For many years, I’ve run the Ridiculous Golf Item Of The Week Award, pointing out various golf gadgets, trinkets, tchotchkes, home decorations, etc. that I deem humorous, wacky, preposterous, or utterly useless. This is done with a completely conscious sense of irony because at the same time I mock the product with the award, I also provide a link for people to follow if they want to buy it.
It is with the same sensibility that I inaugurate the “Ridiculous Golf Story” no-prize. This will go—on a semi-regular basis—to news items, trends and memes that push the boundaries of rationality, taste and discretion. While I am not sure I have the gumption to sustain this on a weekly basis, there certainly will be no shortage of candidates.
As with the Ridiculous Item, I fully appreciate the incongruity of being in the position of mocking and criticizing, while simultaneously exploiting, the headlines.
Unlike the ridiculous item, most of these are going to require a great deal more explanation. The Ridiculous Items typically speak for themselves. The Ridiculous Stories often won’t.
For the first Ridiculous Golf Story No-Prize, I wanted something big—an epic story that truly boggles the mind of rational humans. I considered the ongoing fawning over Tiger Woods, the hysteria after yet another US Ryder Cup loss, the stupid Hack Golf initiative, TaylorMade’s product release black hole, the TOUR’s fan-exhausting wraparound season, and many others.
I finally settled on the trend of sexual exploitation by the major golf media. The shamelessness and/or lack of awareness exhibited by the golf media is breathtaking (so say I, even as I exploit). On the one hand, Ted Bishop is excoriated for his “lil girl” tweet, while on the other, the golf media exploits women in cheesecake photos to sell subscriptions and draw eyeballs to their sites.
The absurdity of the headline for this story is intended to illustrate the absurdity of the behavior of the major golf media.
There was absolutely no golf-related reason for Golf Digest to feature Paulina Gretzky’s boobs, abs and butt in a pictorial. Instead of Gretzky, who dated a player, how about a photo of an actual player? They did that in the October 2014 issue, which featured Michele Wie. Unfortunately, Golf Digest then exploited Wie with a glamour shot featuring a midriff baring, cutoff t-shirt.
Would they do that to Zach Johnson? Would Zach even consent to something like that? My image search of Golf Digest covers found nothing similar for male golfers. (ok. There was the now-infamous Tom Kite photo from 1981, but I think that was intended to be satirical. See photo on right)
In that, I find Paulina, Michelle and others like them complicit in the sexual exploitation of women by the golf media. I understand Paulina Gretzky’s position—she has nothing to offer the world other than a hot body—but Michelle Wie should have refused to pose like that and insisted on photo-equality with the male athletes. How can LPGA stars be taken seriously as athletes if they let themselves be used as mere decorations?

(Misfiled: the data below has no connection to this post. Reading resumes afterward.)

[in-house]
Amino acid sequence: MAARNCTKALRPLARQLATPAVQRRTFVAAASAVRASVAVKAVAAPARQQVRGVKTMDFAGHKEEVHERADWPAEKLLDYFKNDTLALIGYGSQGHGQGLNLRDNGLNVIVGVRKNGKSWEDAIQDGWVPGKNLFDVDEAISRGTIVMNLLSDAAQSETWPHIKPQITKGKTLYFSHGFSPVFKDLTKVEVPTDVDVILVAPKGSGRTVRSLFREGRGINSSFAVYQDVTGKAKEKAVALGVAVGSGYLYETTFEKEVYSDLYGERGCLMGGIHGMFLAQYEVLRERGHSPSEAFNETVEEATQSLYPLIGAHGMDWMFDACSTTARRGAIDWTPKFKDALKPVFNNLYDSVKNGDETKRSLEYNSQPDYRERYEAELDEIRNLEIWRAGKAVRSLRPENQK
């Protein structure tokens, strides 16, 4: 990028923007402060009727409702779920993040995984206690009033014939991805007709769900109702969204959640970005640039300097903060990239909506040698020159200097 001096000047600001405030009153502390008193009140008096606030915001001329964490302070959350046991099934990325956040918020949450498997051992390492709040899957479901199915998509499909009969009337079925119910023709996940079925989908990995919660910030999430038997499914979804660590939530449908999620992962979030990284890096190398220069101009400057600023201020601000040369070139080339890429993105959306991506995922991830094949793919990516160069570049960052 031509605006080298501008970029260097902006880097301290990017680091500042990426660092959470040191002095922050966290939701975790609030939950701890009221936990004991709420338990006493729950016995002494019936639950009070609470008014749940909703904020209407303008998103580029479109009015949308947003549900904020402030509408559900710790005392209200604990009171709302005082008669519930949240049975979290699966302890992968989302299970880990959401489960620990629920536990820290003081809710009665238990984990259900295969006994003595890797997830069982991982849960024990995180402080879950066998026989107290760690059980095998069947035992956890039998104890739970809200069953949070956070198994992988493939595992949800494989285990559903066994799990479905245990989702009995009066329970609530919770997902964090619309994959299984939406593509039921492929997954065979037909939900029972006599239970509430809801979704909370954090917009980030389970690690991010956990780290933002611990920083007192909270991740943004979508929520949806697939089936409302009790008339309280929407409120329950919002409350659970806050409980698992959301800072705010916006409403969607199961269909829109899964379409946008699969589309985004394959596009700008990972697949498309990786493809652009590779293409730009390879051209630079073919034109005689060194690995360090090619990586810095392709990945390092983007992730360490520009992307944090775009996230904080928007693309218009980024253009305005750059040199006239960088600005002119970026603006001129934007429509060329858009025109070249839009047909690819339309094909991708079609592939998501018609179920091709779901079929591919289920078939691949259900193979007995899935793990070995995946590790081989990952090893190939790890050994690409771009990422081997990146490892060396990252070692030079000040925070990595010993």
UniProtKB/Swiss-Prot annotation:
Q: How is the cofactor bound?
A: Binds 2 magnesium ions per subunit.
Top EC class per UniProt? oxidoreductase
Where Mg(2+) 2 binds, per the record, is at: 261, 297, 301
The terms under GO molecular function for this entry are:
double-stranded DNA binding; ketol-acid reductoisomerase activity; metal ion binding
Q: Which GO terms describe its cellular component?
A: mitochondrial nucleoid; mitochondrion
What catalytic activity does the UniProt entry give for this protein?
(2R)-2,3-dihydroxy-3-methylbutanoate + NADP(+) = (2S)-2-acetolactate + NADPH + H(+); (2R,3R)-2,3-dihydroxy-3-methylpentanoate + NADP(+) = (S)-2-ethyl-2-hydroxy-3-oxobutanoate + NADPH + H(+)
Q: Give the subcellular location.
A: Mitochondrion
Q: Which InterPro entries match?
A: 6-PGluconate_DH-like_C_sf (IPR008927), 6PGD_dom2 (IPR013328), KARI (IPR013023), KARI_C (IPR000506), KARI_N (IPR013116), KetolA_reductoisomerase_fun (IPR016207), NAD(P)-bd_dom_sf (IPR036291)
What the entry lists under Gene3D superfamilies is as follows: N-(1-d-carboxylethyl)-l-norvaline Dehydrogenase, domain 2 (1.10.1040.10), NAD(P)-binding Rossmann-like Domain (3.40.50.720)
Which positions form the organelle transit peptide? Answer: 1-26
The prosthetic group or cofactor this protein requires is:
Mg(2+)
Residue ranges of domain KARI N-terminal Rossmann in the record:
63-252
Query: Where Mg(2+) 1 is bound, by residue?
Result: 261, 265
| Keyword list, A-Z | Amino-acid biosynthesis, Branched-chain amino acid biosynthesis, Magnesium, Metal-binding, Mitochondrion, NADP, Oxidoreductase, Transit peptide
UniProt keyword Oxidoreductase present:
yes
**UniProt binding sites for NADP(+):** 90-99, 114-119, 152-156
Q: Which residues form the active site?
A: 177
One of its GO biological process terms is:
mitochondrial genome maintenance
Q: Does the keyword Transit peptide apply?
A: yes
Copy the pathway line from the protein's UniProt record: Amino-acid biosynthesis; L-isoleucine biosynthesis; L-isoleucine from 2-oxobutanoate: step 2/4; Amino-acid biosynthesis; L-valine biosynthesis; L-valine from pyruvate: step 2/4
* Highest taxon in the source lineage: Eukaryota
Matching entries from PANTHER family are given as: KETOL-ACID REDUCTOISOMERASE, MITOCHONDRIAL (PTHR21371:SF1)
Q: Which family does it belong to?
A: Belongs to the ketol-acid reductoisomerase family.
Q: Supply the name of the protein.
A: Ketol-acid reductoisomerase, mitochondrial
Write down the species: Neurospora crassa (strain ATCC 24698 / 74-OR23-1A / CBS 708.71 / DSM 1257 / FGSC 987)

Similarly, I wonder why professional women golfers agreed to participate in Golf dot Com’s series of videos on the “most beautiful women in golf.” I could not find a similar video series on the “biggest hunks in golf.”
Golf Digest and Golf magazine are just the most prominent offenders. The web is full of them. For example, there is the Trash9Network (Back 9 Network) which as far as I can tell exist ONLY to exploit the prurient interest. If aliens abducted Paulina Gretzky and Amanda Dufner stopped wearing bikinis Trash9Network would fold.
For me, the worst part of the sexist exploitation is that in trying to attract male eyeballs, the golf media misses a golden opportunity. Females comprise fifty percent of the population, but represent only a quarter of the golfers in the United States (according to some sources. My unscientific observation suggests even less). If the golf media suffers from a decline in ratings (and golf in general finds participation levels falling), the obvious solution is to increase participation among women.
In the abstract, golf is an incredibly female-friendly sport, with forward tees, handicaps and specialized equipment making it possible for mixed groups to play on a level field. Golf is internal, non-aggressive and social. All of those characteristics should appeal equally to women as to men.
As currently construed, however, golf is not particularly female-friendly. Golf media treats women as mere eye candy. The USGA offers less than half the prize money in its women’s championships as it does for the men’s. Sponsors devalue the LPGA relative to the PGA TOUR. Manufacturers release a suicidally excessive number of clubs each year for men, while almost completely ignoring the women’s market. Female players are dismissed (at best) and harassed (at worst) at the course.
Much of this, I attribute to the way the golf media treats women. If female golfers—even the professionals at the LPGA—are presented as inconsequential, that attitude will trickle down to amateur players, fans, sponsors and manufacturers.
It is time for the golf media to step up to change the tenor of the conversation.
Here are The GolfBlogger’s steps for solving the golf media’s sexism problem:
Step 1: Whenever doing an article or photo spread, ask “Can we tell this story with a woman instead of a man?” If so, strongly consider the woman.
Step 2: Then, when you’ve decided to feature a woman ask: “Are we asking this woman to do anything we wouldn’t ask Jason Dufner or Zach Johnson to do?” If you are, don’t.
Step 3: Repeat the above steps until you have reached sexual parity.
I believe that if you change the attitudes of the opinion-shapers, the rest will fall into place.